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On behalf of the Reactor team, I have the pleasure of announcing the newest Reactor milestone,
Californium-M1 ? ?
The team has been busy working on
Californium, the third major installment of Reactor 3. We are now ready for your feedback on a few select issues, and we have a lot of enhancements and bug fixes ready for your consumption as well.
For its third release train, we continue on the theme of alphabetically increasing names on the periodic table of elements. Californium is an element first synthesized in California.
The milestone's BOM contains:
3.2.0.M1(with a few API alignment changes)
Early this year (M1), there was an early preview of
reactor-core that was solely focused on the "error mode continue" feature, and core also had an off-train milestone release (M2) in June. This blog post covers changes from the latter in addition to those in the brand new M3.
The heavyweight here is
reactor-netty. Expect a fuller blog post that details the rationale behind the API changes and new features, which include:
The team has introduced a large revamp of the API that is more guiding when building clients and servers, avoiding unforgiving configuration errors that were too easy to make in the 0.7.x line.
The lifecycle is also more clearly outlined by the new API.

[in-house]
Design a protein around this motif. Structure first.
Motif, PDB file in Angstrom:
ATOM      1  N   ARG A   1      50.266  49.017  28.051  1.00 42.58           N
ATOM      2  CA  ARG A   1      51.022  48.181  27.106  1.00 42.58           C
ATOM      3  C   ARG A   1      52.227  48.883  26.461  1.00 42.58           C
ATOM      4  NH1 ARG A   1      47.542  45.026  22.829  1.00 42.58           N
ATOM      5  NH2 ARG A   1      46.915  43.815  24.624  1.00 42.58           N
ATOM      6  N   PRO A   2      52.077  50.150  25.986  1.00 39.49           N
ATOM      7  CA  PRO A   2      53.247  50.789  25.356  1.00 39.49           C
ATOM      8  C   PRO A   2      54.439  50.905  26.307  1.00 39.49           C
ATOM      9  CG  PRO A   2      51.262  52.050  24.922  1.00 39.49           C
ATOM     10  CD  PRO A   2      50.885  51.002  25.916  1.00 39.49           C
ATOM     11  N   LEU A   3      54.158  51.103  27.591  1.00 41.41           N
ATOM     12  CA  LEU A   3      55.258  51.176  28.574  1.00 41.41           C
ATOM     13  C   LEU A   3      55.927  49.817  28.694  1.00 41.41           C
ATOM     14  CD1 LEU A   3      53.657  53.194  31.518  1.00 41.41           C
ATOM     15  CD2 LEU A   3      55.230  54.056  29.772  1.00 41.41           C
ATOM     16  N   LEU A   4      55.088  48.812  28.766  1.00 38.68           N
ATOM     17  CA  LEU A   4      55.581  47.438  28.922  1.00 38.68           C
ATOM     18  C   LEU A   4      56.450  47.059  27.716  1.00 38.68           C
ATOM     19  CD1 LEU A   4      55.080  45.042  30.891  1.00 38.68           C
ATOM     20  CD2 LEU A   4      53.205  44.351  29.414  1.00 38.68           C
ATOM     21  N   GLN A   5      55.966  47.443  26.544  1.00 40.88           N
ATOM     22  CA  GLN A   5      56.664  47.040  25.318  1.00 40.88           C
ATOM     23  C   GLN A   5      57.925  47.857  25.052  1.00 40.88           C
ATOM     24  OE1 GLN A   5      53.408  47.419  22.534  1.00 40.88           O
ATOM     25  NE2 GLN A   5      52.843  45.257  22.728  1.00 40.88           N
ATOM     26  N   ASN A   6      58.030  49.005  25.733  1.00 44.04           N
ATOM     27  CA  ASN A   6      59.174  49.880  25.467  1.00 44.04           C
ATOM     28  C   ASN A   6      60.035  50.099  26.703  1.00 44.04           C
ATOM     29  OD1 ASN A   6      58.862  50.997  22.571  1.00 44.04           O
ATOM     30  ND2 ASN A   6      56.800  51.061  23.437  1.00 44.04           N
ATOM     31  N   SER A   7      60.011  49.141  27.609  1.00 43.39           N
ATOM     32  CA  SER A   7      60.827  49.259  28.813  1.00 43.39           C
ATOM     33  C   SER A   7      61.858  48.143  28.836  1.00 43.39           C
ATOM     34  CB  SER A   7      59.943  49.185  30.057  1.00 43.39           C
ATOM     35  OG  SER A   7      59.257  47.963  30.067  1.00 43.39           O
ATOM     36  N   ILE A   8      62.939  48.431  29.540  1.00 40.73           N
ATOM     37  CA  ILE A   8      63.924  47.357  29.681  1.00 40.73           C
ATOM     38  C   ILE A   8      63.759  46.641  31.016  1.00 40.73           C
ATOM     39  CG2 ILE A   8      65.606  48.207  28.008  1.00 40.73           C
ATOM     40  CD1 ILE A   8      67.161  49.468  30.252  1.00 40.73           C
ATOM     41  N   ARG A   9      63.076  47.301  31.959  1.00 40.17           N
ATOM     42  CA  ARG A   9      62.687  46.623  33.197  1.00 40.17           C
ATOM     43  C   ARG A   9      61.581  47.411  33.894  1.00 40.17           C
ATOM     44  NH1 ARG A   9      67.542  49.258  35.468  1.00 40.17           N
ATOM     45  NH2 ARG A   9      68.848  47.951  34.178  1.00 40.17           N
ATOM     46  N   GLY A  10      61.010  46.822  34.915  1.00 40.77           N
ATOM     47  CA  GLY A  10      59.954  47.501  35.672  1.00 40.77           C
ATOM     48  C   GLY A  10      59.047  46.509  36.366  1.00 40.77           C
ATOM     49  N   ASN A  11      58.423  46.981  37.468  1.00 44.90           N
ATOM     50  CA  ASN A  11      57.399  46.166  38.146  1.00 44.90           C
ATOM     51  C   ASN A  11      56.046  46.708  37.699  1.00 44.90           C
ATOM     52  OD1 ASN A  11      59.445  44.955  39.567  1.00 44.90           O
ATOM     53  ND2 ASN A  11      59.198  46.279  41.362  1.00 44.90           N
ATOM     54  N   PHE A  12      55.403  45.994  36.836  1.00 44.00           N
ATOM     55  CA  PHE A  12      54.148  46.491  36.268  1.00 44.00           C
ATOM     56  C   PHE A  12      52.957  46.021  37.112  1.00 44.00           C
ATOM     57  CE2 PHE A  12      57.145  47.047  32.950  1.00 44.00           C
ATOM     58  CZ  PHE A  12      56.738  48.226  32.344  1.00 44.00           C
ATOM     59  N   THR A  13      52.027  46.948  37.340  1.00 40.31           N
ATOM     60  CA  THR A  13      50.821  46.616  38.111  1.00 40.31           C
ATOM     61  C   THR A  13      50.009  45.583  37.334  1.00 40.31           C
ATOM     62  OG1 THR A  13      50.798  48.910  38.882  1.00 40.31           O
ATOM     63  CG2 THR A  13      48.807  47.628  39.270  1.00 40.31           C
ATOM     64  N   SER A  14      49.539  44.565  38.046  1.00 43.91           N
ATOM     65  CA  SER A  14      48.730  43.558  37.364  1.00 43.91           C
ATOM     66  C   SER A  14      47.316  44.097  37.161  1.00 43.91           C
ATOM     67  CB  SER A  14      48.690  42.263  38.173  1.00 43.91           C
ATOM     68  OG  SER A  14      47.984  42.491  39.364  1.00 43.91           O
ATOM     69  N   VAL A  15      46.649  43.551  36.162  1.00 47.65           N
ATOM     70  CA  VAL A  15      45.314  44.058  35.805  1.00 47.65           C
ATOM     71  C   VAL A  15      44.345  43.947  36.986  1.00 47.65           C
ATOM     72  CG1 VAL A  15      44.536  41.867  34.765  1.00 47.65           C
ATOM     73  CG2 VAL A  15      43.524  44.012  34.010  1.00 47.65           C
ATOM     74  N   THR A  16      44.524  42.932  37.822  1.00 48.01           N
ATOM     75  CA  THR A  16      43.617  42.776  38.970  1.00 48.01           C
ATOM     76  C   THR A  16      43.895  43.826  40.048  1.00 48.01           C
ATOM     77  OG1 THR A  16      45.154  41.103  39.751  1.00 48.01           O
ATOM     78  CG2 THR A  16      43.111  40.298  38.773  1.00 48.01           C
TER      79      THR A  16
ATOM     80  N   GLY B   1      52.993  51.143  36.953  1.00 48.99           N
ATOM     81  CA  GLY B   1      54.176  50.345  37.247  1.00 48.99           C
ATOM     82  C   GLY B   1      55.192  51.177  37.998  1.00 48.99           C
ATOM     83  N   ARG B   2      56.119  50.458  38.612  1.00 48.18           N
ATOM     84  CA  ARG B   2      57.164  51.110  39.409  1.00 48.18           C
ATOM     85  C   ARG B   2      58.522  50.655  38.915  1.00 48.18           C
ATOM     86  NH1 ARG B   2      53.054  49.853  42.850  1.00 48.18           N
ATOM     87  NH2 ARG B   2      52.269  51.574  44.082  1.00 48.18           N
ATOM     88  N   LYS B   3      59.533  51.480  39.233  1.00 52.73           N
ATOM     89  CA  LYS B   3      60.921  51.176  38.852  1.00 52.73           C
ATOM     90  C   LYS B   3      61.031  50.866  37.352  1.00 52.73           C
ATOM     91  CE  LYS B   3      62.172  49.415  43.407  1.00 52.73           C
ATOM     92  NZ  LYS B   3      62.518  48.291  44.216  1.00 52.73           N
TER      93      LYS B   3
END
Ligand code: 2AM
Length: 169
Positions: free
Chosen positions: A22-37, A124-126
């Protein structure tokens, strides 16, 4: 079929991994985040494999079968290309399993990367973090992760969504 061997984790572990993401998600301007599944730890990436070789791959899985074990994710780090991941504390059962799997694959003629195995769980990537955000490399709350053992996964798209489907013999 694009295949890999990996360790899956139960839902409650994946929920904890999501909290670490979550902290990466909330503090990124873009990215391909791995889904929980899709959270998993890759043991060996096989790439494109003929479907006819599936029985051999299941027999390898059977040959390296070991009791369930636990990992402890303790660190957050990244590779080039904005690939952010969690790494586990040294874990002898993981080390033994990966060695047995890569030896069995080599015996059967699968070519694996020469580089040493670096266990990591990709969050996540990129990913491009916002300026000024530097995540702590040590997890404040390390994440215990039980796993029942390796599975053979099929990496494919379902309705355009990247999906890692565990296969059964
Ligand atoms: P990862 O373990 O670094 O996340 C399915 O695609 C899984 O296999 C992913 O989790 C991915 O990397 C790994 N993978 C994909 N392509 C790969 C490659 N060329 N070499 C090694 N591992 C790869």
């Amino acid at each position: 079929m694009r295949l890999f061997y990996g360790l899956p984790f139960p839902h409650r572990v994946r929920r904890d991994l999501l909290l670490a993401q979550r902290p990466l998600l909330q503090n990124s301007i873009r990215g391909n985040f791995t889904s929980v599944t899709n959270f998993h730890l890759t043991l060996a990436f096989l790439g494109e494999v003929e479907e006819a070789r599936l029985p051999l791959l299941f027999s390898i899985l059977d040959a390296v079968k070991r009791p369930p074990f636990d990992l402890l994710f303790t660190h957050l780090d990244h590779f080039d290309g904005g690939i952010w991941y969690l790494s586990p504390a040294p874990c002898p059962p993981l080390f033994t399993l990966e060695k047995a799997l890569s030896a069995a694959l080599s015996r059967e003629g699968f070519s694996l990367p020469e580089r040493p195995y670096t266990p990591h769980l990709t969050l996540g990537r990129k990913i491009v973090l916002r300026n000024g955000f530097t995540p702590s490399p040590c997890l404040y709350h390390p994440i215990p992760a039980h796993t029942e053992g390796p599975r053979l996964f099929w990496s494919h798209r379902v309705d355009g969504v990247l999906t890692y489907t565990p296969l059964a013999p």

Yes, HTTP2 support ? For now it is mainly upgrading to HTTP2 transparently, but we are working on adding HTTP2 individual streams as first-class citizens in the near future.
Altogether, M2 and M3 bring in over 70 changes compared to the previous Bismuth iteration.
There are fewer API changes in reactor-core than in reactor-netty, and the update considerations are mainly about differences between the milestones themselves. See the "update considerations" section of M2 and M3 for more details.
We most need your feedback for the following features:
.metrics() support (#1183, #1123) has been added. The new
.metrics() operator does something only if
Micrometer is on the classpath.
It records metrics on
onNext timings, subscription-to-completion timings, signal count, and others -- all from the perspective of what signals the immediate upstream operator produces.
It was introduced in M2 but has seen improvements in M3, as well as a (breaking) change in some of the tags names (#1245).
Note that an important goal was to avoid exposing Micrometer stuff in the public Reactor API. We didn't want to have a mandatory dependency to Micrometer, and we strove to contain its usage to internal classes loaded only if we detect it on the classpath.
Up next: Before GA, there should also be basic instrumentation support for
Schedulers(or rather the
ExecutorServicesthat back some of the
Schedulers). We are also looking at a way to choose a specific
MeterRegistryglobally for Reactor, again without exposing a public API that refers to the
We added a preconfigured alternative to
retryWhen with exponential backoff and jitter (
retryBackoff(). See #1122).
This version of retry reflects what we think is the industry best practice in terms of retries. It is a good middle ground between the too simple
retry(n), the complex
retryWhen(Function) and the more configurable
To help you build reactive transactional blocks, we added
using, it wraps a resource, generates a
Flux out of it, and ensures that the resource is properly cleaned up when the Flux terminates.
The major differences are: